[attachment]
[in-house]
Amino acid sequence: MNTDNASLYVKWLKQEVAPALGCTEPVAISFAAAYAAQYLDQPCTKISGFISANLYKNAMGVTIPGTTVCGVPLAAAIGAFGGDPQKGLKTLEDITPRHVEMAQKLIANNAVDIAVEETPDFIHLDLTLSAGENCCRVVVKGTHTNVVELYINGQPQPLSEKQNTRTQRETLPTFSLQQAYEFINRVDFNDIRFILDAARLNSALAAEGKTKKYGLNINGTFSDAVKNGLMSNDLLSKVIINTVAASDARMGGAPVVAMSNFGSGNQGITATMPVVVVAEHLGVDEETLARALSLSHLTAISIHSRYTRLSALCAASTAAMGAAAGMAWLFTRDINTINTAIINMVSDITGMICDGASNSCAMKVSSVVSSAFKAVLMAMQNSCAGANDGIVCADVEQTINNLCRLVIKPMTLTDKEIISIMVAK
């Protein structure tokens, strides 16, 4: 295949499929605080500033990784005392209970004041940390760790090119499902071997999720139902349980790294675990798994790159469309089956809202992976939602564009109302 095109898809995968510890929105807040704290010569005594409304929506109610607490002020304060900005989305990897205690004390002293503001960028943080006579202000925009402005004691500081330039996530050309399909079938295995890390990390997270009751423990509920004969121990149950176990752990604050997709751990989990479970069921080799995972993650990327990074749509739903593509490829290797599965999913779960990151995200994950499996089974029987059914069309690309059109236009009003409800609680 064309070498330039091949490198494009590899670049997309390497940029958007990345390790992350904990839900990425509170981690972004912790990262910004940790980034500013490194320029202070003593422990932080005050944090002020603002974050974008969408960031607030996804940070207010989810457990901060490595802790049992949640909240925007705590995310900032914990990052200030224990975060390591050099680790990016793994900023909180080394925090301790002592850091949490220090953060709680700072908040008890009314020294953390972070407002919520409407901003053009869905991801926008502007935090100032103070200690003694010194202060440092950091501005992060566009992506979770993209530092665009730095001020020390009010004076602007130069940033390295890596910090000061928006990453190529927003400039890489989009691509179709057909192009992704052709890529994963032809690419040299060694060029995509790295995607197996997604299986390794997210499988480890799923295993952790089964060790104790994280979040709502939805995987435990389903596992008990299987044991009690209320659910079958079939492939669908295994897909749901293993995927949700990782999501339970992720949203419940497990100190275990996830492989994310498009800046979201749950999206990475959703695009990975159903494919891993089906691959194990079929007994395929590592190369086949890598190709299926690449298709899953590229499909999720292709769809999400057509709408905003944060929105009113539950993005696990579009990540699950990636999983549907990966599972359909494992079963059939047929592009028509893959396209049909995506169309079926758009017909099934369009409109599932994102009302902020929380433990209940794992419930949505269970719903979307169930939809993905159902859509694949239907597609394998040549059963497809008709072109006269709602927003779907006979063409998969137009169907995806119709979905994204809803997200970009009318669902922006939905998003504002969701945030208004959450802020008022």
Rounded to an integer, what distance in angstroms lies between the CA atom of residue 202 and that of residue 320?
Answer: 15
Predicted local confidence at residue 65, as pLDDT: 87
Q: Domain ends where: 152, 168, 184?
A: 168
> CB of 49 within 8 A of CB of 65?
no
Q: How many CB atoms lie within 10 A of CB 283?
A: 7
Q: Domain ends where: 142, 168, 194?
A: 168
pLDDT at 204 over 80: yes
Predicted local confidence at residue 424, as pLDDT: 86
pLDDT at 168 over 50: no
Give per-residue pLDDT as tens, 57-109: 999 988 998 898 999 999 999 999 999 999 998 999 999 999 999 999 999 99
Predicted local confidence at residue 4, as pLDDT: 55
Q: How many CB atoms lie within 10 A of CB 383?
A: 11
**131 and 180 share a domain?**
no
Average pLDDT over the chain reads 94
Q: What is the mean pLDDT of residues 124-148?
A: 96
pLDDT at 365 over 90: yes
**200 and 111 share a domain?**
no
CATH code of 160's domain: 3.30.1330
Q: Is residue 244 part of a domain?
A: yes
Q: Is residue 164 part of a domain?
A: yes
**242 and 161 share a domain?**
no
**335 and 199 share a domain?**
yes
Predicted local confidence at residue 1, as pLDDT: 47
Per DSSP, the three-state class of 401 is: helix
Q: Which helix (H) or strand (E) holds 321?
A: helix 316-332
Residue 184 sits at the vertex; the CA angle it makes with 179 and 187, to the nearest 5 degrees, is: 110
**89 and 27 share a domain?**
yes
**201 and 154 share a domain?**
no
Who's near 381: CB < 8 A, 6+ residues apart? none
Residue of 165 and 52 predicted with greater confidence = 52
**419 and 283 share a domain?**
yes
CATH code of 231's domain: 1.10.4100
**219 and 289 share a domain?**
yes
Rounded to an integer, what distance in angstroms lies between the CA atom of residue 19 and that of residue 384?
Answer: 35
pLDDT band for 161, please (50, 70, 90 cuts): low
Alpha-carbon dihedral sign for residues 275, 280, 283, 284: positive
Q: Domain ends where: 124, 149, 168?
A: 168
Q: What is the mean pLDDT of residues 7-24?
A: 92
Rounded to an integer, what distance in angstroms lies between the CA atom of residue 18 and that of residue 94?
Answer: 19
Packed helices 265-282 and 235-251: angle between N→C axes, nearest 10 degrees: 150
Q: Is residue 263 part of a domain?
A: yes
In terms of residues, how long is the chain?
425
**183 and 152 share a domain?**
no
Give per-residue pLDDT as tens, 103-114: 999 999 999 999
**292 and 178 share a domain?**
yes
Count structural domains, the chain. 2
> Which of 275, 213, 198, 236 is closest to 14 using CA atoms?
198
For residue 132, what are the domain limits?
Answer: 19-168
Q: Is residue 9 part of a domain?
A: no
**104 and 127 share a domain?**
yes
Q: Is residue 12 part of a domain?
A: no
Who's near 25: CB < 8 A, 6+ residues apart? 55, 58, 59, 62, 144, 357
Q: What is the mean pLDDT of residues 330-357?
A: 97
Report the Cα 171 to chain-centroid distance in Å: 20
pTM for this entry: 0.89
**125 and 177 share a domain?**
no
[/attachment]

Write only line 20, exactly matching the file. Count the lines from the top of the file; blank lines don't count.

Q: How many CB atoms lie within 10 A of CB 383?